A similar argument can hold for the retrieval of appetitive olfactory memories. Memory retrieval is inferred as the animal performs the CR; so by definition, it is a process that guides action selection. Therefore, one can imagine that upon encountering the CS, the process of memory retrieval initiates dynamics that bias responding in favor of US anticipation or consummation. In the fly brain, the αβ lobes have been shown to be required for the retrieval of short- and long-term memories (Aso et al., 2012; Xie et al., 2013), so arguably, these lobes are involved in accessing associations of olfactory stimuli to guide anticipatory action selection, irrespective of the temporal phase or stability of memory traces. In accordance with the model being proposed here, it is only expected then, that the αβ lobes would be modulated by the impact of proximal and internal inputs. Interestingly, a zone located at the heel of MB's where α and β lobes intersect, acts as a switch that biases memory-driven performance in favor of approach or avoidance responses. This zone is innervated by a subset of DA neurons of the PPL1 cluster, MB-MP1 neurons, activation of which is necessary for the retrieval of aversive olfactory memories, i.e., for the selection of actions that are compatible with moving away from the odor source (Mao and Davis, 2009; Xie et al., 2013). However, these MB-MP1 neurons can be inhibited by inputs that convey the impact of proximal appetitive substances as well as the internal milieu that bias action selection in favor of approach. For example, information about the sweetness of the tastant (via the OA neurons Burke et al., 2012) and the physiological state of the fly (via neuropeptide F Krashes et al., 2009) converge to inhibit the activity of a subset of PPL1-DA neurons that convey negative valence. This pattern of connectivity reduces the probability of moving away from high-quality tastants and increases the probability of approaching a food source using learned associations, when the animal is hungry.

Notice that the hierarchical modulation of olfactory representations in downstream multi-modal association areas confers flexibility and context-dependence to conditioned responding (Strausfeld, 2012). Being driven both by the internal and proximal environment of the animal, DA neurons modulate the processing of distal stimuli to confer context-dependent salience to a selected subset (i.e., attention), endure the impact of previously inconspicuous distal stimuli by associating them with significant proximal events (i.e., conditioning and memory formation), and mediate the selection of a general action plan vis a vis distal stimuli (i.e., approach vs. avoidance).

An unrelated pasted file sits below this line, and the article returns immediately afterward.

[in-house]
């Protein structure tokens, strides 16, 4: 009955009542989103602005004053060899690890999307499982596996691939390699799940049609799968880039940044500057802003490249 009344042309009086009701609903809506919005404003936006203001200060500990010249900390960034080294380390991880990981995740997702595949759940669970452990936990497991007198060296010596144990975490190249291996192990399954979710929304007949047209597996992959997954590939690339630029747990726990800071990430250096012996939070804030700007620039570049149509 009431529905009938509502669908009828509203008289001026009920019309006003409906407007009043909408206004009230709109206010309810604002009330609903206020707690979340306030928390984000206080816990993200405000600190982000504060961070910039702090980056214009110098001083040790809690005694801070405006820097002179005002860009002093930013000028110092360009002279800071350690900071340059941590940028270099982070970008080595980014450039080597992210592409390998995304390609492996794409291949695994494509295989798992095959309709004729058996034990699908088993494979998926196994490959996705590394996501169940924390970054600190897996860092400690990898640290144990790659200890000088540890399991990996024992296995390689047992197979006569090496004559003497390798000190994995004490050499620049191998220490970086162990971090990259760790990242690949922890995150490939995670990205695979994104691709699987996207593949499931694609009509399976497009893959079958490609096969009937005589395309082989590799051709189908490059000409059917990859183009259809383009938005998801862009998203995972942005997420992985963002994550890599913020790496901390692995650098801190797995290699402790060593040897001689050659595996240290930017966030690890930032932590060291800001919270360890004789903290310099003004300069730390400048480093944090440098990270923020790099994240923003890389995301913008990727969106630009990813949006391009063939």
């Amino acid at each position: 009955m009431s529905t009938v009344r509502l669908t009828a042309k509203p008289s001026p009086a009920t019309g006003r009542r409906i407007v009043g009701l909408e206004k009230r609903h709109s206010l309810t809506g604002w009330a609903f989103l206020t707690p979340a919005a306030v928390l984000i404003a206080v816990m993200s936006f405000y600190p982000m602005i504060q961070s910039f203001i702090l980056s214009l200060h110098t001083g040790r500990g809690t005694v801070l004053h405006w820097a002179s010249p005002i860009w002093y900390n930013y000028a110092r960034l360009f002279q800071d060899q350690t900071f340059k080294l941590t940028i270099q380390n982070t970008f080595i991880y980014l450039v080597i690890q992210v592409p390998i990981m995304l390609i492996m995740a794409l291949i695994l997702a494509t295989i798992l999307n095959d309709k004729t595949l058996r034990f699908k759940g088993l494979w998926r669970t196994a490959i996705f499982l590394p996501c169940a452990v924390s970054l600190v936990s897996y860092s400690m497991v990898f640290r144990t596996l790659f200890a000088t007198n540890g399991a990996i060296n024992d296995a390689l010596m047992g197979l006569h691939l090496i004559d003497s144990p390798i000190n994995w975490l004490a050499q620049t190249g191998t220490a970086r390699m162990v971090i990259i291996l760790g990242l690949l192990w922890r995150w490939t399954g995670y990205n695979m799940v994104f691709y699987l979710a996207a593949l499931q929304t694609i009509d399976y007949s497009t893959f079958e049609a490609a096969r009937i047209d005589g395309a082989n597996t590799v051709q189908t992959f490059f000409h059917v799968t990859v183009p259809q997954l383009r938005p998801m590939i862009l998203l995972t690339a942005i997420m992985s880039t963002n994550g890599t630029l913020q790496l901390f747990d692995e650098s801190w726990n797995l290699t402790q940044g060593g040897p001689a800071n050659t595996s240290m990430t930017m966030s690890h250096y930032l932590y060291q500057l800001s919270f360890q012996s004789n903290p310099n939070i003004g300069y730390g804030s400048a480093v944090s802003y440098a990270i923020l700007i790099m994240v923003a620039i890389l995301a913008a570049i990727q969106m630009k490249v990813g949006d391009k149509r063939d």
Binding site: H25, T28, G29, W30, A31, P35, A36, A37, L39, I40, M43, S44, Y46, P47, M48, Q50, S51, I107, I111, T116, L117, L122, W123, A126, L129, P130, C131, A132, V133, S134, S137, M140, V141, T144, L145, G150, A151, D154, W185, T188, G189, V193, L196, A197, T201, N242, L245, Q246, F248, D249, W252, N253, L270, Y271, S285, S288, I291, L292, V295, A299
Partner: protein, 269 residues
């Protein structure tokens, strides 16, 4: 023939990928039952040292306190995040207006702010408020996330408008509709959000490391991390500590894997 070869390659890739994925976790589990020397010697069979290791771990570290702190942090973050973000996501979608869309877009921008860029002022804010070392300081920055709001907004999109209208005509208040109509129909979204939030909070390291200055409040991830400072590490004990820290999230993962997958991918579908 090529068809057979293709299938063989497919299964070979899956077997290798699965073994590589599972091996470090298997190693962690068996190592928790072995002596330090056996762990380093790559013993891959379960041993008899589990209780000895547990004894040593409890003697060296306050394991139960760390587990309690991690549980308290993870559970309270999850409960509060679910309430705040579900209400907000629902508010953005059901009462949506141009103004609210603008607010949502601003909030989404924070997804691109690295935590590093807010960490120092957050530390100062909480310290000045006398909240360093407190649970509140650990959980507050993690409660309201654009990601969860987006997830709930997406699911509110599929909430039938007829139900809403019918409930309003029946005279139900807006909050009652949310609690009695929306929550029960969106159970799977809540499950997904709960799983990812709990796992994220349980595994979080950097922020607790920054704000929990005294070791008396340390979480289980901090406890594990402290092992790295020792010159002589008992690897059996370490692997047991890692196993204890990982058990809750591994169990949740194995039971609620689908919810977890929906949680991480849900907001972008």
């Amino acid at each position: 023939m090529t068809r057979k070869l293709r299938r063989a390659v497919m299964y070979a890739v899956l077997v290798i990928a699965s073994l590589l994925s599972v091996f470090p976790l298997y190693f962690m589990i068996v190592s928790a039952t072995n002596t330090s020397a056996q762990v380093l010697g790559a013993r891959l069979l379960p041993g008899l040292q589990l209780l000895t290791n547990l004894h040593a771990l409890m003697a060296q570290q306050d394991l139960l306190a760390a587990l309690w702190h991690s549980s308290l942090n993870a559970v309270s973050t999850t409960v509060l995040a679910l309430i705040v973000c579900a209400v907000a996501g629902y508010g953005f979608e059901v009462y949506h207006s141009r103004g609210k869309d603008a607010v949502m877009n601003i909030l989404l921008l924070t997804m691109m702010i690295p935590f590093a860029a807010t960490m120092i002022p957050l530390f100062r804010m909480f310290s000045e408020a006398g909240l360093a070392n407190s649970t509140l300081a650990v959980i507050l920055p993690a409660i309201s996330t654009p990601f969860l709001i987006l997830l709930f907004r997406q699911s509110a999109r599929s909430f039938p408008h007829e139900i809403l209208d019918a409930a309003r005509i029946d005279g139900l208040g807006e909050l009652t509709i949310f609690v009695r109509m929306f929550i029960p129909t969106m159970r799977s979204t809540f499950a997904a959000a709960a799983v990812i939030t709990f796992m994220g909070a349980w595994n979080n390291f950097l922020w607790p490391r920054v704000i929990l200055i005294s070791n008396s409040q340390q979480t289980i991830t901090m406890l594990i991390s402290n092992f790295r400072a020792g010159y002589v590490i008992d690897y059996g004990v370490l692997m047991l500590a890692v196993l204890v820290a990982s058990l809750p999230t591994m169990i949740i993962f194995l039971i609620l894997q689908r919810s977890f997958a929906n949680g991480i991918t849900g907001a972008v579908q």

Finally, it should be noted that the current model suggests a resemblance between the properties of neural circuits that underlie associative learning in vertebrate and invertebrate brains. NMDA-receptor mediated long term potentiation (LTP) has been the principal model of memory formation in the mammalian brain since its discovery by Bliss and Lomo (1973). In the excitatory synapses that undergo LTP, a weak input can become potentiated as a consequence of being coincident with a stronger input (e.g., Barrionuevo and Brown, 1983); and this associative property has validated LTP as a cellular model of Pavlovian conditioning. Although the role of monoamines in environment-specific drug effects and reinforcement learning have long been established as models of conditioned responding in the mammalian brain (e.g., Stewart and Vezina, 1988), monoaminergic modulation of LTP induction has caught researchers' interest more recently. For example, monoaminergic enhancement of hippocampus-dependent memory formation is observed when the emotional valence of the US is relevant (Wittmann et al., 2005), and monoamine transmission is often heterosynaptically activated by the basolateral nucleus of the amygdala (BLA) (Tully et al., 2007). Interestingly, bilateral lesions of BLA produce symptoms that resemble the Kluver-Bucey syndrome (Davis and Whalen, 2001). This condition was originally described when the bilateral removal of temporal lobes including the amygdala caused monkeys to compulsively attend to almost every visual stimulus and proceed to examine even repulsive objects by mouth, increase heterosexual and homosexual behavior, and approach conspecifics as well as human caretakers with a marked absence of anger or fear. In essence, these symptoms reveal a failure to habituate to distal inputs, which results in an inappropriate progression toward initiating and maintaining proximal contact with stimuli irrespective of their incentive value. Similarly, bilateral lesions of BLA (Hatfield et al., 1992), or the depletion of DA and NE in the amygdala (Fernandez-Ruiz et al., 1993) produces a decrement in taste-potentiated odor aversion, but not in taste-aversion per se. These results suggest that the monoamine modulation in the BLA functions to guide conditioned avoidance reactions toward distal (e.g., olfactory) stimuli by the signaling the valence of proximal inputs (e.g., taste). Interestingly, olfactory conditioning in fruit flies has recently been shown to involve post-synaptic plasticity in the dendrites of MB output neurons that express NMDA receptors (Xia et al., 2005; Chen et al., 2012; Pai et al., 2013), which closely overlap with the arborizations of DA neurons along the lobes. It can then be argued, that input from proximal receptors initiates monoamine signaling, which in turn modulates excitatory synapses to establish conditioned approach or avoidance of distal stimuli in both vertebrate and invertebrate brains.